Over the last few years, there’s been a whole lot of hoopla about Artificial Intelligence (AI) taking over people’s jobs, potentially leaving hundreds out of work. It sounded like mere speculation into the future, but in reality it’s not even ‘just around the corner’ any more – it’s here. According to a Mckinsey report, all companies should be preparing for the digital wave of disruption AI is bringing:
The impact on jobs may sound scary, but it doesn’t need to be. AI won’t only result in a loss of jobs, but the creation of new work. But how did AI emerge? Is it really all it’s made out to be? And will AI cause dramatic changes in 2018?
The Emergence of the Machines
Employing AI to automate repetitive and mundane tasks makes sense in a few ways – it’s cheaper labour for businesses and gives people the chance to do more rewarding and creative work. AI is being incorporated into the machines developed by mechanical engineering experts to help automate certain processes in the industrial and business sectors. The benefits are highlighted on a largest scale by Amazon. As well has launching their smart assistant Alexa, Amazon employ more than 100,000 robots in their warehouses to automate manual lifting work once handled by humans.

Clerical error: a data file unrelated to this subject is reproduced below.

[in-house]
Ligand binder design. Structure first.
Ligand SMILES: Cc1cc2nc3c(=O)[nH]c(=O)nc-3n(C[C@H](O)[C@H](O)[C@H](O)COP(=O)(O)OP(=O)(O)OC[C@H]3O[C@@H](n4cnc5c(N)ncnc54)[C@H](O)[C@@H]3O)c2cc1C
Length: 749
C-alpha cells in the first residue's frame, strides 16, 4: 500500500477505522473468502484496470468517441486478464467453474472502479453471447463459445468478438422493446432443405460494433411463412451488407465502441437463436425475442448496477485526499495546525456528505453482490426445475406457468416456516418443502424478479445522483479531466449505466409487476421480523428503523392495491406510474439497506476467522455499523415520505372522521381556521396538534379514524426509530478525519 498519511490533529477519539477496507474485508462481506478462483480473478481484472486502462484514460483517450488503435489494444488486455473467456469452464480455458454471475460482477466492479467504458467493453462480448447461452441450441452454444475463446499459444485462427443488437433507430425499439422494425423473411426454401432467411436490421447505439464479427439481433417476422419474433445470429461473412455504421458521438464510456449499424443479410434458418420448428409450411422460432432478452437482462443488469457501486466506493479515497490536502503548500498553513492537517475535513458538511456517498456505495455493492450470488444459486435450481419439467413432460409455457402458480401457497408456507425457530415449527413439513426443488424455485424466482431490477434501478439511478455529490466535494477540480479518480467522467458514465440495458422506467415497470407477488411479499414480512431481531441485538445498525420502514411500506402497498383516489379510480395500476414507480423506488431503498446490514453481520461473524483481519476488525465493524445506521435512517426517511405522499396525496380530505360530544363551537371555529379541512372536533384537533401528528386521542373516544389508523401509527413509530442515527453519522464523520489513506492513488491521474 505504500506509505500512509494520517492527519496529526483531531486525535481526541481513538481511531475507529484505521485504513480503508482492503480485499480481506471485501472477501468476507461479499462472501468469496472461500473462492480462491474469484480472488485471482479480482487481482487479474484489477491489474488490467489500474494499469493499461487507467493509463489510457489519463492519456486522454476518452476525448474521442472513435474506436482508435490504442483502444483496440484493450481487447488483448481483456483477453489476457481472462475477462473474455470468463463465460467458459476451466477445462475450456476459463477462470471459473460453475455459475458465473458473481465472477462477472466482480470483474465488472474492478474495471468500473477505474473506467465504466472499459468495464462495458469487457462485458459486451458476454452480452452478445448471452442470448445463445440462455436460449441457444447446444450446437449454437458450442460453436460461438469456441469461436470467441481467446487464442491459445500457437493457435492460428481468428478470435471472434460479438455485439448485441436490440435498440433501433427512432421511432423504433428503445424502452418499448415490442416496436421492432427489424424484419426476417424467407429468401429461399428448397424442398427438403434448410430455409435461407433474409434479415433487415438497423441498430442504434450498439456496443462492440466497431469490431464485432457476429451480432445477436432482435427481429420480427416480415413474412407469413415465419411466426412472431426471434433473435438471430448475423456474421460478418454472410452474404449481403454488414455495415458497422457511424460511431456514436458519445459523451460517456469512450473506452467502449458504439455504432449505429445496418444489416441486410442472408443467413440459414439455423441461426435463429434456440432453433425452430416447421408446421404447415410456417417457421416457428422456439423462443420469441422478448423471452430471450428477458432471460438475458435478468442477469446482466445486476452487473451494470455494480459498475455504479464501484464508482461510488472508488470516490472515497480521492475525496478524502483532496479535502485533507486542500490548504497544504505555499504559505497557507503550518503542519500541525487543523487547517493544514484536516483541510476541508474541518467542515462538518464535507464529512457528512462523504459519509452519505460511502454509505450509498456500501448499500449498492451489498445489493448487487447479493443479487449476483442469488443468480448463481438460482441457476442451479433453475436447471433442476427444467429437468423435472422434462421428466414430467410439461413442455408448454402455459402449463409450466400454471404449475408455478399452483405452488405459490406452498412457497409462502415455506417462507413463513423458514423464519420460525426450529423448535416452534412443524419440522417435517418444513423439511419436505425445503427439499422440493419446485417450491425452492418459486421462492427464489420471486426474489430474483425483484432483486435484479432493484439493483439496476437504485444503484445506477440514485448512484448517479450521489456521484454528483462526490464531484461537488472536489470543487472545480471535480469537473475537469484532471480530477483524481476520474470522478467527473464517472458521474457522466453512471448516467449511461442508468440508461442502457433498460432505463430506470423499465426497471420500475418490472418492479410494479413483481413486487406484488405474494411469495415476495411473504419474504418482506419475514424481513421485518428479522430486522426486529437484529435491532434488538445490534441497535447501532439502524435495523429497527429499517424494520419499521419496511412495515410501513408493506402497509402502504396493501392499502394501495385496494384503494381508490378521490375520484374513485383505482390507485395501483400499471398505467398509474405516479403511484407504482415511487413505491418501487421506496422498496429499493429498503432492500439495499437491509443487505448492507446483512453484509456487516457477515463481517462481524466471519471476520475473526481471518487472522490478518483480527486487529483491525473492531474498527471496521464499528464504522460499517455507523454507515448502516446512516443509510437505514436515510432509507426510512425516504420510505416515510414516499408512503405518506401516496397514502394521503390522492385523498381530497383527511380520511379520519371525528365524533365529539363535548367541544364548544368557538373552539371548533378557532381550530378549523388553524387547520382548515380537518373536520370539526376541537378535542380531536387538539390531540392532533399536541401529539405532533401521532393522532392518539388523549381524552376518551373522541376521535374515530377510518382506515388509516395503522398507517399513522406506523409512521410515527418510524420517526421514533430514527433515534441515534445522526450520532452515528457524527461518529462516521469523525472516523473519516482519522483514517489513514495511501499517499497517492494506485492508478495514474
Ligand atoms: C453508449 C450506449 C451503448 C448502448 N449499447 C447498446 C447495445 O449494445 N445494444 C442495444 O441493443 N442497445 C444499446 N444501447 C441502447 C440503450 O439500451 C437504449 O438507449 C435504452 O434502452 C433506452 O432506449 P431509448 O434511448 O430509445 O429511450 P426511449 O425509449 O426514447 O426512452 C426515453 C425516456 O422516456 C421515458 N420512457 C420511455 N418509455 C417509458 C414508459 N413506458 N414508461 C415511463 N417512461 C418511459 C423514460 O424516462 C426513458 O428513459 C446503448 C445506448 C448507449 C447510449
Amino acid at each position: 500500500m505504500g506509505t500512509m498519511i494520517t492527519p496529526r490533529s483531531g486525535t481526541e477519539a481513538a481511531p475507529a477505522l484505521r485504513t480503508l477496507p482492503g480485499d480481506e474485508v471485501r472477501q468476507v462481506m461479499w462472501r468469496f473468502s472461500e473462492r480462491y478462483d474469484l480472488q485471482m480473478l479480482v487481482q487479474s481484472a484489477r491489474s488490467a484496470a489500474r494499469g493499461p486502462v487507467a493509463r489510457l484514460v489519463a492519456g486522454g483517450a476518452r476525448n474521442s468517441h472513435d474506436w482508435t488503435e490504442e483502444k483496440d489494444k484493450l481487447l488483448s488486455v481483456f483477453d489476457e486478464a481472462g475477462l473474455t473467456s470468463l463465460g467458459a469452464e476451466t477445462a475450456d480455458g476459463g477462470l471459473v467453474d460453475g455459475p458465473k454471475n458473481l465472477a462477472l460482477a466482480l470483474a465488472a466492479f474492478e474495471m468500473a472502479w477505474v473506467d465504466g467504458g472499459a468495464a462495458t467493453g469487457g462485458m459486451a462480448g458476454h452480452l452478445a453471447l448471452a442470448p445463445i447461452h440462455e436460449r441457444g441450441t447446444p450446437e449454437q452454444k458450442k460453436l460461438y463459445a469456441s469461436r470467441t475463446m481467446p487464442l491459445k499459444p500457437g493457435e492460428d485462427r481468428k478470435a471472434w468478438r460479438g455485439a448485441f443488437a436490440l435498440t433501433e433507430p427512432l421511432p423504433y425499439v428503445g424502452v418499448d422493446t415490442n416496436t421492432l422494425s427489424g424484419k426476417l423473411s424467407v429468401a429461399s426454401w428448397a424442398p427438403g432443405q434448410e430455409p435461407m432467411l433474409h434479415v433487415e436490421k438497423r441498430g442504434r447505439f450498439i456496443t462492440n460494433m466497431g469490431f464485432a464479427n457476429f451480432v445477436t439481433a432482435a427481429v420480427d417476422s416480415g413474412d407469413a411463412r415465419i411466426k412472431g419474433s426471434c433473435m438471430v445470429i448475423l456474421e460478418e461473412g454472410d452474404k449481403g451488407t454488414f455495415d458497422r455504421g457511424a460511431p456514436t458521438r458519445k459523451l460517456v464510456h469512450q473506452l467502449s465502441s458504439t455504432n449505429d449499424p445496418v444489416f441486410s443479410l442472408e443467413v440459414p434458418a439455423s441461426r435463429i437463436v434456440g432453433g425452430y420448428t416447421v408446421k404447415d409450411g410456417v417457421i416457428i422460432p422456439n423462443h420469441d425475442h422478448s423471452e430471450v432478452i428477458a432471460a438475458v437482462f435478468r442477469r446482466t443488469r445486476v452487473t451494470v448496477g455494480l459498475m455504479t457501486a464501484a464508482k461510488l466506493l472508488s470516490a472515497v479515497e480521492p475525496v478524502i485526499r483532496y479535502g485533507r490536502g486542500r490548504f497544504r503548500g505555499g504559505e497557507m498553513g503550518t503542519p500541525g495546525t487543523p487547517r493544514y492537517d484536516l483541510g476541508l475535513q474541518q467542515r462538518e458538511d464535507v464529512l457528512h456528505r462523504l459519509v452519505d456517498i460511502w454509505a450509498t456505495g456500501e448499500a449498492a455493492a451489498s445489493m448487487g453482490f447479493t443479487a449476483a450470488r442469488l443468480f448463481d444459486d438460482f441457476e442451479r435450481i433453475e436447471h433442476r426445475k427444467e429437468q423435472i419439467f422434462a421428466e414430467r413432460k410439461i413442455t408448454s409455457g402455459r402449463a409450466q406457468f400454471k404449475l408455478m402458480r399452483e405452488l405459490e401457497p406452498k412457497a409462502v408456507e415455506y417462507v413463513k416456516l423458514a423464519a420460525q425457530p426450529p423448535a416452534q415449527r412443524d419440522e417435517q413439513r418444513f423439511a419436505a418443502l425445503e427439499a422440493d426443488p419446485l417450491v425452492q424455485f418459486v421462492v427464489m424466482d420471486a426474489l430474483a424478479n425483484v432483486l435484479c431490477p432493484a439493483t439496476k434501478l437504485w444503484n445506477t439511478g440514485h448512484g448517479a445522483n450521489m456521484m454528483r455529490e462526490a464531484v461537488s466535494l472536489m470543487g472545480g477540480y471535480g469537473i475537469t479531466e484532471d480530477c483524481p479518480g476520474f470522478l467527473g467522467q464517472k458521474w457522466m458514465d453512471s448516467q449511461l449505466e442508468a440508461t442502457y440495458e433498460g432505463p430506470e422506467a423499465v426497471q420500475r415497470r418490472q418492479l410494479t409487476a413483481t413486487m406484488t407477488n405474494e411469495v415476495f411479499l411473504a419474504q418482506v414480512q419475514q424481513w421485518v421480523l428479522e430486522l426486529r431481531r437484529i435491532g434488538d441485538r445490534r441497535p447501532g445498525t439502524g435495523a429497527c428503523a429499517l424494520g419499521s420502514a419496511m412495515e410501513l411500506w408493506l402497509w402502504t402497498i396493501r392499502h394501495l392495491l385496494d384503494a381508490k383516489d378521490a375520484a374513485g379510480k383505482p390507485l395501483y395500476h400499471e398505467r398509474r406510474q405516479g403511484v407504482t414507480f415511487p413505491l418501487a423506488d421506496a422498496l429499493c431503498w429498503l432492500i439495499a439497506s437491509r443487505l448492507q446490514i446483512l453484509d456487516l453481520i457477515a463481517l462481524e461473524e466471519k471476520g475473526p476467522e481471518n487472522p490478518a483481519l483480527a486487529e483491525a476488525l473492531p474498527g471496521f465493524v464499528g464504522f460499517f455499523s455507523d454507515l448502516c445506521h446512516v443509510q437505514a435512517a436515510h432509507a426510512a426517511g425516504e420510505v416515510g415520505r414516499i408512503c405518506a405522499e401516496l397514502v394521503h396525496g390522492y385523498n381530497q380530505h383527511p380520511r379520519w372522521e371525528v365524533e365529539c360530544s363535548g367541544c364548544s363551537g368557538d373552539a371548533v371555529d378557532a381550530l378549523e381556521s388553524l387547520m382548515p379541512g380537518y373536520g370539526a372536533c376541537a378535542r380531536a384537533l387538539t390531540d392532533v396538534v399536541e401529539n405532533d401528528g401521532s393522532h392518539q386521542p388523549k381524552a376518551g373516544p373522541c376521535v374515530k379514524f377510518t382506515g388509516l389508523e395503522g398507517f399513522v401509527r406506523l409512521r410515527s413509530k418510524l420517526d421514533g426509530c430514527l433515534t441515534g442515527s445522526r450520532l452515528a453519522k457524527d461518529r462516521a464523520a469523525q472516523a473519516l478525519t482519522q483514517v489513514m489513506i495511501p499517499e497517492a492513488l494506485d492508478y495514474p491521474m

The New York Times reported that bots not only make warehouse work less tedious for people, but also create efficiency gains that “let a customer order dental floss after breakfast and receive it before dinner”. Essentially, machines enable humans to do better and more enjoyable tasks.
This transition to a robotic workforce hasn’t appeared out of nowhere either. There has been a trend in growth:
- In 2015, 15% of enterprise companies were already using AI to automate manual, repetitive tasks. (Narrative Science)
- By 2016, 38% of enterprises adopted AI (26% for automating repetitive tasks). (Narrative Science)
- In 2017, 80% of enterprises adopted some form of AI in production (Forbes)
Whilst AI is still at an early stage of development overall, it could contribute up to $15.7 trillion to the global economy by 2030 (according to PwC’s report). And this first wave of adoption no doubt brings us right up to the doorstep of some exciting opportunities through which we can start tapping into AI’s real potential.
Without trying to be too dramatic, as tech writer and TED speaker Tim Urban illustrated, we’re reaching the verge of a new paradigm that will sweep the world:
What Tim illustrates (diagram 1) was part of a larger concept which he coined the ‘S-curve’ (diagram 2). That was published back in 2015 at the time we first started to see a rise in adoption of AI in enterprise businesses. Now it’s 2018, so let’s re-visit his theory to see what the S-curve is and it means for today:
The S-curve: Why 2018?
In his article back in 2015, ‘The AI Revolution’, Urban observed that an ‘S-curve’ is formed every time waves of progress driven by new paradigms sweep the world. Zooming out from the situation presented above, this chart shows the bigger picture:
As Urban explained, the curve goes through three phases:
1. Slow growth (the early phase of exponential growth)